If you are going through a divorce, there are certain things you need to know. One of the most important things is how the state of Tennessee divides the marital property of the couple between each spouse. The state of Tennessee is what is known as an equitable state, which means that the property is not always divided equally between you.
If you and your spouse are able to come up with your own agreement, and you are able to agree to the overall value of each property on your own, you are able to separate your assets as you would like.
On the other hand, if you are unable to come to an agreement on how to divide your assets, a judge will make that determination for you. They will use a list of factors to determine who will get each piece of property. These factors are based on what is deemed fair distribution of the property.
The Determining Factors for Distribution of Property
A judge will take several factors into account when deciding what assets each spouse will receive. The court will look at how long you have been married. The longer the marriage was, the more likely you will have purchased property together. This means that property could be divided equally between you.
Other factors the judge will take a look at include the ages of each spouse and their mental and physical health. They will see how employable each spouse is and if they have long-standing and stable employment. The financial security of each spouse is taken into account. This includes if either spouse helped the other gain a higher education or job training.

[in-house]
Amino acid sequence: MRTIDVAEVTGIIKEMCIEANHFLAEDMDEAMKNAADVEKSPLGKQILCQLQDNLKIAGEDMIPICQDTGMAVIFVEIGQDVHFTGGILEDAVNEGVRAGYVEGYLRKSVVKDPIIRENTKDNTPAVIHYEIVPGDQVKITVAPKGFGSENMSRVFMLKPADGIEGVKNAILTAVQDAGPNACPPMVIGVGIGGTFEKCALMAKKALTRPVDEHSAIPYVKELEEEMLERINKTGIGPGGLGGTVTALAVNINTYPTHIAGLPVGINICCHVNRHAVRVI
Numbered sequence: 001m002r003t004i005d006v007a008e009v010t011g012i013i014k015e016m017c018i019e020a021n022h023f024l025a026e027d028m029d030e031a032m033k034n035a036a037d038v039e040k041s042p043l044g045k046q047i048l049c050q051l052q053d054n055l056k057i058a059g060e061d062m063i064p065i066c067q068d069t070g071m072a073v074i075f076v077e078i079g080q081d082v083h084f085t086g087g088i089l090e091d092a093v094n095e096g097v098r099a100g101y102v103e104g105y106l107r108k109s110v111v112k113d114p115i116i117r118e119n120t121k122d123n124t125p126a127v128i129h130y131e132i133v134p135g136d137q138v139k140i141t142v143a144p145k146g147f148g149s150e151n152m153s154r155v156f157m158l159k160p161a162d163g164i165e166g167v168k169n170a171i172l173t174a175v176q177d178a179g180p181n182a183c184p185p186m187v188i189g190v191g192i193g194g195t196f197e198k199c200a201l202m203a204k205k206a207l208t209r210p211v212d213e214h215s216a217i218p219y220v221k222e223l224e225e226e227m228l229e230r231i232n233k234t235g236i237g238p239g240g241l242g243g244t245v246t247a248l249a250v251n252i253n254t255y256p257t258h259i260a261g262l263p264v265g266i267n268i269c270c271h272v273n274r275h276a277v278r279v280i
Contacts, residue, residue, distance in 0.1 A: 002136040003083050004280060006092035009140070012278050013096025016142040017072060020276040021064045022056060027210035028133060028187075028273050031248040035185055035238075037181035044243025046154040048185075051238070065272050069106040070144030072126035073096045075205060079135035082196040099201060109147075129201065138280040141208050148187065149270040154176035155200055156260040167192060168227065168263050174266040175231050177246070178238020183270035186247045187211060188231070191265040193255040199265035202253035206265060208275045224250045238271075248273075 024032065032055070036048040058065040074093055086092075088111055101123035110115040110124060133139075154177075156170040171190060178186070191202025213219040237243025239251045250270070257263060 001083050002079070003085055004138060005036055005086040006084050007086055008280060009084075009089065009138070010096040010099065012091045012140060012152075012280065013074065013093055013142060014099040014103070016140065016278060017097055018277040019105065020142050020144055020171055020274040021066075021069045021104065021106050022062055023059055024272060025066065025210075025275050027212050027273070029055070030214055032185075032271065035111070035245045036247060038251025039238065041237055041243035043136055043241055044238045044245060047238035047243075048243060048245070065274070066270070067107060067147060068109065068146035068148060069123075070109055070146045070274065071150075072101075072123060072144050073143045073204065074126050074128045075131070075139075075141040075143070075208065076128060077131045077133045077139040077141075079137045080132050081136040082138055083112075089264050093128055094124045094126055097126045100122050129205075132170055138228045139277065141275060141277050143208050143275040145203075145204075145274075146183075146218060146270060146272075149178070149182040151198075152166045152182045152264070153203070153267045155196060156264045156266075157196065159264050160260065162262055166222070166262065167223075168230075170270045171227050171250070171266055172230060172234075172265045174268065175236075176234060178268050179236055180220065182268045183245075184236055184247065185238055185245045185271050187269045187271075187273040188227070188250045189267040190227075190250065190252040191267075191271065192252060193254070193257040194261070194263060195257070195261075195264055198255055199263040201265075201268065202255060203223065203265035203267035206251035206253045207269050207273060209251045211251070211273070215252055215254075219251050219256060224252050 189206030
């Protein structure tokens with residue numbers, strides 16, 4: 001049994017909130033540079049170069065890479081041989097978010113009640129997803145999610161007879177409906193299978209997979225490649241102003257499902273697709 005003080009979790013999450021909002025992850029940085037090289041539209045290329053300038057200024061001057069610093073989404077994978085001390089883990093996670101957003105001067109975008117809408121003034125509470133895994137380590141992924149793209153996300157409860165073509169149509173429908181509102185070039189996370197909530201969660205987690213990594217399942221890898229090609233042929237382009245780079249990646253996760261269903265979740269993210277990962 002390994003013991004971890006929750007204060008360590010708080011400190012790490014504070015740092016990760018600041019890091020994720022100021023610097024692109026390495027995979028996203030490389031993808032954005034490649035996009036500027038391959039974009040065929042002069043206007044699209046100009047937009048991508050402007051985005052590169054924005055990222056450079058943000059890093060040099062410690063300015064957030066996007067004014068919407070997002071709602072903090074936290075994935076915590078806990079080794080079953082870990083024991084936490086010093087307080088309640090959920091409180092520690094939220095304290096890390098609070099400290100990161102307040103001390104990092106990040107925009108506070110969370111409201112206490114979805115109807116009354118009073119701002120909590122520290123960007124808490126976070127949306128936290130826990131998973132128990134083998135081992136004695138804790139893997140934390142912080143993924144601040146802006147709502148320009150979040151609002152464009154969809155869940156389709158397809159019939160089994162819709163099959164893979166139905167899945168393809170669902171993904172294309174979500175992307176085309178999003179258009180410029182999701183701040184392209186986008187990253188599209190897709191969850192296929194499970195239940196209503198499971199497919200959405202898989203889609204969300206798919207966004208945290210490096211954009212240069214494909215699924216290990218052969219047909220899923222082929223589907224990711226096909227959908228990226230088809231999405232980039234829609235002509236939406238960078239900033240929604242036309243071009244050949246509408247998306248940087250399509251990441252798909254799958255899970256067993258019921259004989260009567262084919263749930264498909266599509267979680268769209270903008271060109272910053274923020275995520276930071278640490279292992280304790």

Instead of the home itself getting sold and the funds given equally to both of you, the court will see what each one of you contributed to the buying and maintenance of the home. Typically, the spouse with the greater involvement in the cost of the house and its overall upkeep will have the better chance of obtaining it in the divorce.
Other types of marital property include what are known as non-tangibles. They can include any income that you have gained from income properties that are either jointly or separately owned. If you have an income property that you bought before marriage, you should retain ownership of that property. But that ownership could mean you will receive less financial gain from any other asset.
Non-tangibles also include items such as stock options, unvested pensions, and retirement benefits. If you or your spouse receive payments from worker's compensation claims, they are also included. Also, social security, disability payments, and any lost income that occurred during the marriage are taken into account.
Property That Is Not Divided
If you and your spouse had any property prior to your marriage, this is considered separate from marital property and therefore not subject to division. This includes all homes already owned by either spouse before they married. It also includes any gifts or inheritances received by either spouse before the marriage.
Also, If either spouse had been injured prior to marrying, any benefits or successful lawsuit payments are not divided.
How Debt Is Divided
Debt is divided according to which spouse receives a specific property. For example, if you receive the marital home and there is still a mortgage on it, it becomes your responsibility to pay that debt. If you incurred any other type of debt after you separated, you are responsible for paying it off.
If you and your spouse have decided to divorce, Martin A. Kooperman, Attorney At Law is here to answer any questions you might have. We can help you through the process. Contact us today.